4. Thus the main relief asked for in the plaint narrowed itself down to a prayer that the Court would partition their duties as trustees and managers between the parties, and would fax stated periods during which each party in turn would hold exclusive possession of the temples and carry on the management, It was suggested that a period of six months in each year should be assigned to each.
5. The Subordinate Judge who tried the suit refused to grant to the plaintiff the relief he asked for. In a carefully considered judgment the Subordinate Judge pointed out most properly that this suit was not one for a declaration of plaintiff’s right to share in conducting public worship at the temple and to a participation in the offerings. As to that matter he showed there was no dispute whatever, the real dispute being as to plaintiff’s claim to hold the management “in turn.”
6. The plaintiff appeals, contending that the relief asked for by him should have been granted. That was the only one o! the grounds of appeal which was argued before us.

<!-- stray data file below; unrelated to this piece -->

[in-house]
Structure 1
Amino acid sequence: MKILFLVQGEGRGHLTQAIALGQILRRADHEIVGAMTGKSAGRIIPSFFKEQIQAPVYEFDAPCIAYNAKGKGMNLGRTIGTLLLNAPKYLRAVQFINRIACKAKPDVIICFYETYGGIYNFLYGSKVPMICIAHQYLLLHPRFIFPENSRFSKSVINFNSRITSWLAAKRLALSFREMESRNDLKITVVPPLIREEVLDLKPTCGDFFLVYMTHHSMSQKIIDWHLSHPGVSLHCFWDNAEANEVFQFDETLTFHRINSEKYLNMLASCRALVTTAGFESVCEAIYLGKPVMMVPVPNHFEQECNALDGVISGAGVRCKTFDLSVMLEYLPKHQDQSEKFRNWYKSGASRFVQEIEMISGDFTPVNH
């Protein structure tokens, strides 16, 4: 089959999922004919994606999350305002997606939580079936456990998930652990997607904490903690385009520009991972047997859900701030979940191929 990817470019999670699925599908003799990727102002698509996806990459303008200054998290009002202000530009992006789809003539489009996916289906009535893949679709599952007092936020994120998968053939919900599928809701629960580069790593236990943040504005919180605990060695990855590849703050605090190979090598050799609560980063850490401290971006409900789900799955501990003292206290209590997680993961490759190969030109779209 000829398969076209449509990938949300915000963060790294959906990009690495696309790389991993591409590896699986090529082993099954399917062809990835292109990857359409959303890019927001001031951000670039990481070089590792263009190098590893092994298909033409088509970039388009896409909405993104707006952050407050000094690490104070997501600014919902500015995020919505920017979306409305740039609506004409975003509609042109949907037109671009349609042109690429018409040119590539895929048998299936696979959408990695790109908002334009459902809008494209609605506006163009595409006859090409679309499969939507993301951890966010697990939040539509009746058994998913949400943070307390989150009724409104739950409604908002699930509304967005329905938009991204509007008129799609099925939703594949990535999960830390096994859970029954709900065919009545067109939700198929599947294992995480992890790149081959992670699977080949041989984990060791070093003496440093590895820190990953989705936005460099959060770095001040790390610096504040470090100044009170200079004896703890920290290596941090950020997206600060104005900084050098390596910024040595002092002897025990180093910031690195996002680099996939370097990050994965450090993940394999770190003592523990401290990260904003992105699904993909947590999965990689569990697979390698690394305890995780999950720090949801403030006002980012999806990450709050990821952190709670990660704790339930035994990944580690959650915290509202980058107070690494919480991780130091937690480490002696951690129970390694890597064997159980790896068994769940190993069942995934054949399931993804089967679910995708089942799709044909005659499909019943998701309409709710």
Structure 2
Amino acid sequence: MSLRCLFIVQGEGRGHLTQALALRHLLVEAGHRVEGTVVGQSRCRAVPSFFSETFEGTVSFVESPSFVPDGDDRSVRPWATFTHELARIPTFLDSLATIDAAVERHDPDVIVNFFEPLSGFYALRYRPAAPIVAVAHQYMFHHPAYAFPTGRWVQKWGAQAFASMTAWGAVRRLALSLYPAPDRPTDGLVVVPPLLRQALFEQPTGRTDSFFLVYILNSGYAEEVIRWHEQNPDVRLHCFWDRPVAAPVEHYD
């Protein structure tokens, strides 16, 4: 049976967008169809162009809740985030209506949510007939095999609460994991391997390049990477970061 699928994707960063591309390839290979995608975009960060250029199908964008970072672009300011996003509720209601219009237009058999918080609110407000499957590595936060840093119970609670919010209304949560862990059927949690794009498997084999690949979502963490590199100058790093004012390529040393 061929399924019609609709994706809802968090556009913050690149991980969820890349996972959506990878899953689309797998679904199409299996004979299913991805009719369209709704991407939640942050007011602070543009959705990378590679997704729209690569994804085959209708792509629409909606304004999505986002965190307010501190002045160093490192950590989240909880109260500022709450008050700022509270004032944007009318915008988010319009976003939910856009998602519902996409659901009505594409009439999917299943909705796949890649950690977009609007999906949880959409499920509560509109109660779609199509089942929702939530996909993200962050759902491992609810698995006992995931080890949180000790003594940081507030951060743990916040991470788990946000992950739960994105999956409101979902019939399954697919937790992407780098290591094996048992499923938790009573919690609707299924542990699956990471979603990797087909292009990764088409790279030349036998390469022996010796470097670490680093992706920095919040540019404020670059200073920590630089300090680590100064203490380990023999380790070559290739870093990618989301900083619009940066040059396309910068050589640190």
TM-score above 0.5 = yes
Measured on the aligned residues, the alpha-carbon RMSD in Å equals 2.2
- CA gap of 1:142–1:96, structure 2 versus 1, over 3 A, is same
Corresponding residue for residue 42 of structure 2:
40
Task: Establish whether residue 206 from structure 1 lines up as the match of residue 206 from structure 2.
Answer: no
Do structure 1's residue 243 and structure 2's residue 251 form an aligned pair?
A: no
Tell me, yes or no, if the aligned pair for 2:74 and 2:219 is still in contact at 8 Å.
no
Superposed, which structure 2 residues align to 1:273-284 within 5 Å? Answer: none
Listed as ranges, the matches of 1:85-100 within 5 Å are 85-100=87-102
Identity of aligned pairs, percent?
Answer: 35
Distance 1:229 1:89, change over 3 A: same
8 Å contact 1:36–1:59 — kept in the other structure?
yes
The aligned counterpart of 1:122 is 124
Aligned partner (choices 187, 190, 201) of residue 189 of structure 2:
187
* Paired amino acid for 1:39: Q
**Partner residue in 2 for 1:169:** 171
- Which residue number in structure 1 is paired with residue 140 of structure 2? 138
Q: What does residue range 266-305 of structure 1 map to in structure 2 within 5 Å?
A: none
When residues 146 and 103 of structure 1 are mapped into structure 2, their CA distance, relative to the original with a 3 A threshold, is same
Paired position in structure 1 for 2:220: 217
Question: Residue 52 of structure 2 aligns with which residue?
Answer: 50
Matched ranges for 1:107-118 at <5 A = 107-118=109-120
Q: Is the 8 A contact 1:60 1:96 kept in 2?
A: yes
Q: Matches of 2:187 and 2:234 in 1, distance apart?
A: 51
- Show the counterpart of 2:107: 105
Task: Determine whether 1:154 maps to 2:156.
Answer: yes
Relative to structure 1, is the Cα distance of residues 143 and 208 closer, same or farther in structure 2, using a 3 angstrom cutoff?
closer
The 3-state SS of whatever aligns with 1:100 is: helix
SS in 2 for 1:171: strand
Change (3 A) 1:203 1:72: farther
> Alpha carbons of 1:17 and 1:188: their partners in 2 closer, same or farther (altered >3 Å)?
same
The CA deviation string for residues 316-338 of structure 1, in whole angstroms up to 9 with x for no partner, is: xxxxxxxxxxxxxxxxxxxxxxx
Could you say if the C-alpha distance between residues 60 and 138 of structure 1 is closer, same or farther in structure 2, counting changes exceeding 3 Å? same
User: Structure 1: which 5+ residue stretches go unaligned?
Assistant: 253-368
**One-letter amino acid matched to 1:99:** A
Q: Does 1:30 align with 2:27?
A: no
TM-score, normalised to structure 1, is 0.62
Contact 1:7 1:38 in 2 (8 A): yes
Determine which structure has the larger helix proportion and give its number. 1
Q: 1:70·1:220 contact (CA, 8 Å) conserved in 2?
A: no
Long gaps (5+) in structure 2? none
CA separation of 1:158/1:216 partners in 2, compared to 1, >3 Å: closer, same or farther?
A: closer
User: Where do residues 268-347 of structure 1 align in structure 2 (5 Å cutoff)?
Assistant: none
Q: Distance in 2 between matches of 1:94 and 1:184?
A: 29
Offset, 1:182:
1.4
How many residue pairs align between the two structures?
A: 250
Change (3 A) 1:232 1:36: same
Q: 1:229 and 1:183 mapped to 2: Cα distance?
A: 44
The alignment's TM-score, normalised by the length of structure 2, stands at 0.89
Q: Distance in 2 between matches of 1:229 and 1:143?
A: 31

7. In support of his contention the learned vakil for the appellant cited to us several cases from the Bombay and Calcutta reports, e.g., Mitta Kunth Audhicarry v. Neerunjun Audhicarry 14 B.L.R. 156. This case clearly is not in point in the present appeal. It was a case in which a person, who possessed jointly with others a right to worship at a certain shrine and to participate in the offerings, prayed to have his right partitioned from those of his co-sharers and to have periods fixed during which he might exercise it. The High Court held that such a right was a property which could be partitioned like other kinds of property. In Mancharam v. Pranshankar I.L.R. 6 Bom. 298, the Bombay High Court held that a transfer by a divided Hindu of his right to perform public worship and to participate in the offerings at the temple was not invalid. The cases Limba bin Krishna v. Rama bin Pimplu I.L.R. 13 Bom. 458, Anandamoyi Chaudrani v. Baikant Nath Rae 8 W.R. 193, and Pranshankar v. Prannath 1 Bom. H.C. Rep. 12, were cases in which the plaintiffs setup their right to conduct public worship and to receive a share in the offerings made at the temples, and Ram Soondur Thakoor v. Taruck Chunder Turkoruttun 19 W.R. 28, was a suit in which to establish similar rights the plaintiff sought to be authorized to remove an idol to his house.